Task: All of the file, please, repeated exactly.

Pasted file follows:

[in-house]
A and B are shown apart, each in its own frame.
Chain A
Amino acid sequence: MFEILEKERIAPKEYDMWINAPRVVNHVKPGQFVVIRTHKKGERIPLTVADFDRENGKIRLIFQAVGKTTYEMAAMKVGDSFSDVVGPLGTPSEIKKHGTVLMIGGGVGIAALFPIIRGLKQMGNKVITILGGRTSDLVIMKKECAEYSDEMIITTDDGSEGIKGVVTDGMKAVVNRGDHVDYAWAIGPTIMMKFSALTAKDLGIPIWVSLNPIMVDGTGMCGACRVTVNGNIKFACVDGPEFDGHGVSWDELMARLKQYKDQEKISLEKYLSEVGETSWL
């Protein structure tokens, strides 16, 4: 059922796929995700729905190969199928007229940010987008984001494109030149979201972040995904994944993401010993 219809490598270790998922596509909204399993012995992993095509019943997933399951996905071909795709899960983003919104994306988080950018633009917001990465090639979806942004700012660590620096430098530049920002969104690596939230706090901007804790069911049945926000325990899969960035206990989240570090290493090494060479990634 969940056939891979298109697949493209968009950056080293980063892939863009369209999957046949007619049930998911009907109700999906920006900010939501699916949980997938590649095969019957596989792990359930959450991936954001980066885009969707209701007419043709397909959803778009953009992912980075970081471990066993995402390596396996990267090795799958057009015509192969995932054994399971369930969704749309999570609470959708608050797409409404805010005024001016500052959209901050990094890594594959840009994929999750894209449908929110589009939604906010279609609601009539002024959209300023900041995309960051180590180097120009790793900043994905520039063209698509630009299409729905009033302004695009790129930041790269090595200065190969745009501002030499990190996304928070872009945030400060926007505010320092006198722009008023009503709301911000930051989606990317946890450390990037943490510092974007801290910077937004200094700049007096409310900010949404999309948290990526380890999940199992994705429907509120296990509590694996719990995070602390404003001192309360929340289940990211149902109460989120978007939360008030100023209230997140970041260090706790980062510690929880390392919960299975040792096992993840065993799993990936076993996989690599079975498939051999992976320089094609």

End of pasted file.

[in-house]
A and B are shown apart, each in its own frame.
Chain A
Amino acid sequence: MFEILEKERIAPKEYDMWINAPRVVNHVKPGQFVVIRTHKKGERIPLTVADFDRENGKIRLIFQAVGKTTYEMAAMKVGDSFSDVVGPLGTPSEIKKHGTVLMIGGGVGIAALFPIIRGLKQMGNKVITILGGRTSDLVIMKKECAEYSDEMIITTDDGSEGIKGVVTDGMKAVVNRGDHVDYAWAIGPTIMMKFSALTAKDLGIPIWVSLNPIMVDGTGMCGACRVTVNGNIKFACVDGPEFDGHGVSWDELMARLKQYKDQEKISLEKYLSEVGETSWL
């Protein structure tokens, strides 16, 4: 059922796929995700729905190969199928007229940010987008984001494109030149979201972040995904994944993401010993 219809490598270790998922596509909204399993012995992993095509019943997933399951996905071909795709899960983003919104994306988080950018633009917001990465090639979806942004700012660590620096430098530049920002969104690596939230706090901007804790069911049945926000325990899969960035206990989240570090290493090494060479990634 969940056939891979298109697949493209968009950056080293980063892939863009369209999957046949007619049930998911009907109700999906920006900010939501699916949980997938590649095969019957596989792990359930959450991936954001980066885009969707209701007419043709397909959803778009953009992912980075970081471990066993995402390596396996990267090795799958057009015509192969995932054994399971369930969704749309999570609470959708608050797409409404805010005024001016500052959209901050990094890594594959840009994929999750894209449908929110589009939604906010279609609601009539002024959209300023900041995309960051180590180097120009790793900043994905520039063209698509630009299409729905009033302004695009790129930041790269090595200065190969745009501002030499990190996304928070872009945030400060926007505010320092006198722009008023009503709301911000930051989606990317946890450390990037943490510092974007801290910077937004200094700049007096409310900010949404999309948290990526380890999940199992994705429907509120296990509590694996719990995070602390404003001192309360929340289940990211149902109460989120978007939360008030100023209230997140970041260090706790980062510690929880390392919960299975040792096992993840065993799993990936076993996989690599079975498939051999992976320089094609």